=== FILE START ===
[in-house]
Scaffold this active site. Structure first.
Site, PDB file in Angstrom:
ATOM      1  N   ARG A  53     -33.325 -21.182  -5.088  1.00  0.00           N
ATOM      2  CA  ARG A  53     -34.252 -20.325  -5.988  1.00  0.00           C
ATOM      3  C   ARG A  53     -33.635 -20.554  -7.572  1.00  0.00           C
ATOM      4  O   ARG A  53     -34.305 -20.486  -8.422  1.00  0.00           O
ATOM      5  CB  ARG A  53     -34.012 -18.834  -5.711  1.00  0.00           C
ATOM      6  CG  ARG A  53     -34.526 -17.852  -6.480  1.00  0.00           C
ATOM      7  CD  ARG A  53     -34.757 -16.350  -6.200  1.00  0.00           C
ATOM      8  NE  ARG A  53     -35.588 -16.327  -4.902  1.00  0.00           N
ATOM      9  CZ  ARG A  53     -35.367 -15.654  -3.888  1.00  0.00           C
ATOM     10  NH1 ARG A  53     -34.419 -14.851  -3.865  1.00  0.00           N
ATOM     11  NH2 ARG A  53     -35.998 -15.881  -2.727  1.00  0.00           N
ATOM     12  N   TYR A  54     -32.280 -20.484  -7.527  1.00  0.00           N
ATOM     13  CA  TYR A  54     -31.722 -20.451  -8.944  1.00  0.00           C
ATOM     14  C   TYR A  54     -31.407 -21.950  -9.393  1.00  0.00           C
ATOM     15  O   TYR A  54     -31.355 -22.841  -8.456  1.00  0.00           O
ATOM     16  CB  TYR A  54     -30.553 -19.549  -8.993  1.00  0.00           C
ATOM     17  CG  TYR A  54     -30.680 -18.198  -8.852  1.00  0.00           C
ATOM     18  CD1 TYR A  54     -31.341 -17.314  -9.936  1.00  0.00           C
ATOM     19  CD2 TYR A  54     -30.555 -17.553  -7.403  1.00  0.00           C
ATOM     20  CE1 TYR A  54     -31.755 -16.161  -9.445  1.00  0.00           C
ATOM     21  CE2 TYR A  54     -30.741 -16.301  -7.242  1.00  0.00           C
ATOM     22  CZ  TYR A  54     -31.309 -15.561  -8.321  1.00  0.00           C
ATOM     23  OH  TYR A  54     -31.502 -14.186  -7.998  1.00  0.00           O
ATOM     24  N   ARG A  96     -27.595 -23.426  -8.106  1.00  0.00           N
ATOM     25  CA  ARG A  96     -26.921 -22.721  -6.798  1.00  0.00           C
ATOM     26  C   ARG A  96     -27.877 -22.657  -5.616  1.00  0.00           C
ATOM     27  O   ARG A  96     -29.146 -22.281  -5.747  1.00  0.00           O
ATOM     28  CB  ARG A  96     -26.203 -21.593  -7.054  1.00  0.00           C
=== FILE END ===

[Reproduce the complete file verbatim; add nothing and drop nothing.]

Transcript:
[in-house]
Scaffold this active site. Structure first.
Site, PDB file in Angstrom:
ATOM      1  N   ARG A  53     -33.325 -21.182  -5.088  1.00  0.00           N
ATOM      2  CA  ARG A  53     -34.252 -20.325  -5.988  1.00  0.00           C
ATOM      3  C   ARG A  53     -33.635 -20.554  -7.572  1.00  0.00           C
ATOM      4  O   ARG A  53     -34.305 -20.486  -8.422  1.00  0.00           O
ATOM      5  CB  ARG A  53     -34.012 -18.834  -5.711  1.00  0.00           C
ATOM      6  CG  ARG A  53     -34.526 -17.852  -6.480  1.00  0.00           C
ATOM      7  CD  ARG A  53     -34.757 -16.350  -6.200  1.00  0.00           C
ATOM      8  NE  ARG A  53     -35.588 -16.327  -4.902  1.00  0.00           N
ATOM      9  CZ  ARG A  53     -35.367 -15.654  -3.888  1.00  0.00           C
ATOM     10  NH1 ARG A  53     -34.419 -14.851  -3.865  1.00  0.00           N
ATOM     11  NH2 ARG A  53     -35.998 -15.881  -2.727  1.00  0.00           N
ATOM     12  N   TYR A  54     -32.280 -20.484  -7.527  1.00  0.00           N
ATOM     13  CA  TYR A  54     -31.722 -20.451  -8.944  1.00  0.00           C
ATOM     14  C   TYR A  54     -31.407 -21.950  -9.393  1.00  0.00           C
ATOM     15  O   TYR A  54     -31.355 -22.841  -8.456  1.00  0.00           O
ATOM     16  CB  TYR A  54     -30.553 -19.549  -8.993  1.00  0.00           C
ATOM     17  CG  TYR A  54     -30.680 -18.198  -8.852  1.00  0.00           C
ATOM     18  CD1 TYR A  54     -31.341 -17.314  -9.936  1.00  0.00           C
ATOM     19  CD2 TYR A  54     -30.555 -17.553  -7.403  1.00  0.00           C
ATOM     20  CE1 TYR A  54     -31.755 -16.161  -9.445  1.00  0.00           C
ATOM     21  CE2 TYR A  54     -30.741 -16.301  -7.242  1.00  0.00           C
ATOM     22  CZ  TYR A  54     -31.309 -15.561  -8.321  1.00  0.00           C
ATOM     23  OH  TYR A  54     -31.502 -14.186  -7.998  1.00  0.00           O
ATOM     24  N   ARG A  96     -27.595 -23.426  -8.106  1.00  0.00           N
ATOM     25  CA  ARG A  96     -26.921 -22.721  -6.798  1.00  0.00           C
ATOM     26  C   ARG A  96     -27.877 -22.657  -5.616  1.00  0.00           C
ATOM     27  O   ARG A  96     -29.146 -22.281  -5.747  1.00  0.00           O
ATOM     28  CB  ARG A  96     -26.203 -21.593  -7.054  1.00  0.00           C